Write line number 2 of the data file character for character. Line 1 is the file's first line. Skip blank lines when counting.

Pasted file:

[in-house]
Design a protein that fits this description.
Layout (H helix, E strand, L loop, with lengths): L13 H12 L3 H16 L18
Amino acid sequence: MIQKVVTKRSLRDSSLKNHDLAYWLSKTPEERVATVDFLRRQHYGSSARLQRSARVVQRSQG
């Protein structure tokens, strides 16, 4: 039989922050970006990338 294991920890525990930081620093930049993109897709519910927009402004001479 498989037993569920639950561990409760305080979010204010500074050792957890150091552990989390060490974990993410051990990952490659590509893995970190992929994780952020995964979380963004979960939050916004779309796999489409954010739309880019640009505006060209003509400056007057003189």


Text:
Design a protein that fits this description.